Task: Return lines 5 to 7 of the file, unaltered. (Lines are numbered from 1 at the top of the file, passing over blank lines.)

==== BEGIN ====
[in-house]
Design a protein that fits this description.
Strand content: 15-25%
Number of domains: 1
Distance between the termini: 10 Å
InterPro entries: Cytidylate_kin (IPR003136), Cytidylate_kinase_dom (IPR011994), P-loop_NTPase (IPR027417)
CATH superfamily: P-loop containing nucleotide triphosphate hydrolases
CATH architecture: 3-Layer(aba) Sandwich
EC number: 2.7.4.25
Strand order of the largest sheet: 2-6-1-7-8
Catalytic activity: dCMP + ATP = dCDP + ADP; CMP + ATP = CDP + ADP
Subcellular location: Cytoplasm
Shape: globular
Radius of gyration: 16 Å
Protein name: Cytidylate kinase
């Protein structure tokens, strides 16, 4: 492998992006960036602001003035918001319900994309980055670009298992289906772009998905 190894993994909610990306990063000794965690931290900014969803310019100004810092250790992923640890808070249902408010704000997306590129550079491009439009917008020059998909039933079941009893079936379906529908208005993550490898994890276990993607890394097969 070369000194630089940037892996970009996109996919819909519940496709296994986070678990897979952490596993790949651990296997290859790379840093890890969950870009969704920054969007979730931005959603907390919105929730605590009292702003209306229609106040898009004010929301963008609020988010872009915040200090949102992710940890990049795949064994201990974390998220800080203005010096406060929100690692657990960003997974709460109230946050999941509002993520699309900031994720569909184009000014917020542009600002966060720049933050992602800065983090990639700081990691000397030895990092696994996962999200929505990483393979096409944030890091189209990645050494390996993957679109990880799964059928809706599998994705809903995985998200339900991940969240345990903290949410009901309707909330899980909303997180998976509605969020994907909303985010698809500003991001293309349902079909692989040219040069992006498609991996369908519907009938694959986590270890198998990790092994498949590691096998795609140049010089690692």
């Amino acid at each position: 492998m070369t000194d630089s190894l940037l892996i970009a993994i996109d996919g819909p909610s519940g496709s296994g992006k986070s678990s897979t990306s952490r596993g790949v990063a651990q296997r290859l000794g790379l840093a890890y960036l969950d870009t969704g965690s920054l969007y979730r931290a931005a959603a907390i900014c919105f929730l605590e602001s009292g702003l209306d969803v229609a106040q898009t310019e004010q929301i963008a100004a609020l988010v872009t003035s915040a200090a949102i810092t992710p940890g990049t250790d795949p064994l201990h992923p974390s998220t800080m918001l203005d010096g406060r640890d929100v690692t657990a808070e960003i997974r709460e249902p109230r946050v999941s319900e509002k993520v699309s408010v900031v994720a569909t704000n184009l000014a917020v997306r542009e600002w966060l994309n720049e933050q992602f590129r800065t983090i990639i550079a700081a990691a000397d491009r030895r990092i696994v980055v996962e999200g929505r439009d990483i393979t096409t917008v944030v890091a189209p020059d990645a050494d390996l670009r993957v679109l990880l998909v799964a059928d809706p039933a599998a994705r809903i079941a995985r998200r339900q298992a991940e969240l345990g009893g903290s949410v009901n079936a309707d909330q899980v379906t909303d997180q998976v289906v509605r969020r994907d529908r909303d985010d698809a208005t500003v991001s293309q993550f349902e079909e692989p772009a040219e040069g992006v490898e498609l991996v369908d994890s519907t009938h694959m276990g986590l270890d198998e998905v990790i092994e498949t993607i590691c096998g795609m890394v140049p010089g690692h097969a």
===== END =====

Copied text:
Distance between the termini: 10 Å
InterPro entries: Cytidylate_kin (IPR003136), Cytidylate_kinase_dom (IPR011994), P-loop_NTPase (IPR027417)
CATH superfamily: P-loop containing nucleotide triphosphate hydrolases